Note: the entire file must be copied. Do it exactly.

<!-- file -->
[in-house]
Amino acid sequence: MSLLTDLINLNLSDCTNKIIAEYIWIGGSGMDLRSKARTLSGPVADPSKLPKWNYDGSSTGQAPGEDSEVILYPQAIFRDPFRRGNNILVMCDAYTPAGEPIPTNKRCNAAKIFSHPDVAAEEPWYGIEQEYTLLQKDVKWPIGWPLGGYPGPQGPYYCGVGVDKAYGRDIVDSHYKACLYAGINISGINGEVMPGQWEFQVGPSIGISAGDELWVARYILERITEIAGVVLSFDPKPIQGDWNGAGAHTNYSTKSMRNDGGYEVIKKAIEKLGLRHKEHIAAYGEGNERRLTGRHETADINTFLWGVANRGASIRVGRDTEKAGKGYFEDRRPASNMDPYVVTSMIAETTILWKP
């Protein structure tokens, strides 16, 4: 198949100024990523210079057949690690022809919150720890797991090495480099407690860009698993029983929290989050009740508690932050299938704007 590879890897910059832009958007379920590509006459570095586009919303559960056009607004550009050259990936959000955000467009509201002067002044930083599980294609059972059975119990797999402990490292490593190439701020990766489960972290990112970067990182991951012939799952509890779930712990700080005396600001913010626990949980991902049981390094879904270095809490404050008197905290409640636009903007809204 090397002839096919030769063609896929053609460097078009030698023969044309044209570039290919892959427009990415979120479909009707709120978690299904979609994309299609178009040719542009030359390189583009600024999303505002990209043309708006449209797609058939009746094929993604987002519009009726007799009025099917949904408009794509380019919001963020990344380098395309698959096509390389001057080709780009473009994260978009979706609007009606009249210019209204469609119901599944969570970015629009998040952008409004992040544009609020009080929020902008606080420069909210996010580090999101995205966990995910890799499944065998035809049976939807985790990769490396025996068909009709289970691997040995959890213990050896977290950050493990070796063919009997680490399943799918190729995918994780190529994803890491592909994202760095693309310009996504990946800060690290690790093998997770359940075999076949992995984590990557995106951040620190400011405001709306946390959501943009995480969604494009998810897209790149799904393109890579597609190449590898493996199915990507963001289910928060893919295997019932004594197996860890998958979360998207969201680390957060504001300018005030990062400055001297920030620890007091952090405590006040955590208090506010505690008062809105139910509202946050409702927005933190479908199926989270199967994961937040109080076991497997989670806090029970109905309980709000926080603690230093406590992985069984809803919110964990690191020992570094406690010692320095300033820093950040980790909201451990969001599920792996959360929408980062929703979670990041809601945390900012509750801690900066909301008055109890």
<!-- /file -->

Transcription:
[in-house]
Amino acid sequence: MSLLTDLINLNLSDCTNKIIAEYIWIGGSGMDLRSKARTLSGPVADPSKLPKWNYDGSSTGQAPGEDSEVILYPQAIFRDPFRRGNNILVMCDAYTPAGEPIPTNKRCNAAKIFSHPDVAAEEPWYGIEQEYTLLQKDVKWPIGWPLGGYPGPQGPYYCGVGVDKAYGRDIVDSHYKACLYAGINISGINGEVMPGQWEFQVGPSIGISAGDELWVARYILERITEIAGVVLSFDPKPIQGDWNGAGAHTNYSTKSMRNDGGYEVIKKAIEKLGLRHKEHIAAYGEGNERRLTGRHETADINTFLWGVANRGASIRVGRDTEKAGKGYFEDRRPASNMDPYVVTSMIAETTILWKP
């Protein structure tokens, strides 16, 4: 198949100024990523210079057949690690022809919150720890797991090495480099407690860009698993029983929290989050009740508690932050299938704007 590879890897910059832009958007379920590509006459570095586009919303559960056009607004550009050259990936959000955000467009509201002067002044930083599980294609059972059975119990797999402990490292490593190439701020990766489960972290990112970067990182991951012939799952509890779930712990700080005396600001913010626990949980991902049981390094879904270095809490404050008197905290409640636009903007809204 090397002839096919030769063609896929053609460097078009030698023969044309044209570039290919892959427009990415979120479909009707709120978690299904979609994309299609178009040719542009030359390189583009600024999303505002990209043309708006449209797609058939009746094929993604987002519009009726007799009025099917949904408009794509380019919001963020990344380098395309698959096509390389001057080709780009473009994260978009979706609007009606009249210019209204469609119901599944969570970015629009998040952008409004992040544009609020009080929020902008606080420069909210996010580090999101995205966990995910890799499944065998035809049976939807985790990769490396025996068909009709289970691997040995959890213990050896977290950050493990070796063919009997680490399943799918190729995918994780190529994803890491592909994202760095693309310009996504990946800060690290690790093998997770359940075999076949992995984590990557995106951040620190400011405001709306946390959501943009995480969604494009998810897209790149799904393109890579597609190449590898493996199915990507963001289910928060893919295997019932004594197996860890998958979360998207969201680390957060504001300018005030990062400055001297920030620890007091952090405590006040955590208090506010505690008062809105139910509202946050409702927005933190479908199926989270199967994961937040109080076991497997989670806090029970109905309980709000926080603690230093406590992985069984809803919110964990690191020992570094406690010692320095300033820093950040980790909201451990969001599920792996959360929408980062929703979670990041809601945390900012509750801690900066909301008055109890």